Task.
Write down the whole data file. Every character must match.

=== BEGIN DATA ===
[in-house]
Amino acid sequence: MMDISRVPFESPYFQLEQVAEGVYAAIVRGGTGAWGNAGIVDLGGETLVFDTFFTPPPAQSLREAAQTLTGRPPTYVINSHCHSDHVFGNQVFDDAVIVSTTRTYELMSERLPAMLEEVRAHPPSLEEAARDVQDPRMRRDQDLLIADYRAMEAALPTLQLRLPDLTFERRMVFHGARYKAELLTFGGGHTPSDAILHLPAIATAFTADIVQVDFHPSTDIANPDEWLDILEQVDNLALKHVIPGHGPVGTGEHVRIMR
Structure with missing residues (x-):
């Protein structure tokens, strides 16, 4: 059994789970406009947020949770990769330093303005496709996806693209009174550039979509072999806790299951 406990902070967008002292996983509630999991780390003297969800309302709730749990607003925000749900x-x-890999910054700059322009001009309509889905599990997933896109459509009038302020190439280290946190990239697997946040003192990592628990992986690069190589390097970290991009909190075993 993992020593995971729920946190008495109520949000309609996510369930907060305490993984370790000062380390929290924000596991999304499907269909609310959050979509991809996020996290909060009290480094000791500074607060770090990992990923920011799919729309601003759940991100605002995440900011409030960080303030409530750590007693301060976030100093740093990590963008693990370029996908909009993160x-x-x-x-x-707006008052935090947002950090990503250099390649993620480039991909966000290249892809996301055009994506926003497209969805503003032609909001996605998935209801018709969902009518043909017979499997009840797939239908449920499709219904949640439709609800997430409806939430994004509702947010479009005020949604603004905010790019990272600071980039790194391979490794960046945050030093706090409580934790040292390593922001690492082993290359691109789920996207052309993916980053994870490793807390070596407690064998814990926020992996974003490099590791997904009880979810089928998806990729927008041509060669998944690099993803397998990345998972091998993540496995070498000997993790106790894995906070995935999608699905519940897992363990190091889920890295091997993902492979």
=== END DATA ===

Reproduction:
[in-house]
Amino acid sequence: MMDISRVPFESPYFQLEQVAEGVYAAIVRGGTGAWGNAGIVDLGGETLVFDTFFTPPPAQSLREAAQTLTGRPPTYVINSHCHSDHVFGNQVFDDAVIVSTTRTYELMSERLPAMLEEVRAHPPSLEEAARDVQDPRMRRDQDLLIADYRAMEAALPTLQLRLPDLTFERRMVFHGARYKAELLTFGGGHTPSDAILHLPAIATAFTADIVQVDFHPSTDIANPDEWLDILEQVDNLALKHVIPGHGPVGTGEHVRIMR
Structure with missing residues (x-):
């Protein structure tokens, strides 16, 4: 059994789970406009947020949770990769330093303005496709996806693209009174550039979509072999806790299951 406990902070967008002292996983509630999991780390003297969800309302709730749990607003925000749900x-x-890999910054700059322009001009309509889905599990997933896109459509009038302020190439280290946190990239697997946040003192990592628990992986690069190589390097970290991009909190075993 993992020593995971729920946190008495109520949000309609996510369930907060305490993984370790000062380390929290924000596991999304499907269909609310959050979509991809996020996290909060009290480094000791500074607060770090990992990923920011799919729309601003759940991100605002995440900011409030960080303030409530750590007693301060976030100093740093990590963008693990370029996908909009993160x-x-x-x-x-707006008052935090947002950090990503250099390649993620480039991909966000290249892809996301055009994506926003497209969805503003032609909001996605998935209801018709969902009518043909017979499997009840797939239908449920499709219904949640439709609800997430409806939430994004509702947010479009005020949604603004905010790019990272600071980039790194391979490794960046945050030093706090409580934790040292390593922001690492082993290359691109789920996207052309993916980053994870490793807390070596407690064998814990926020992996974003490099590791997904009880979810089928998806990729927008041509060669998944690099993803397998990345998972091998993540496995070498000997993790106790894995906070995935999608699905519940897992363990190091889920890295091997993902492979």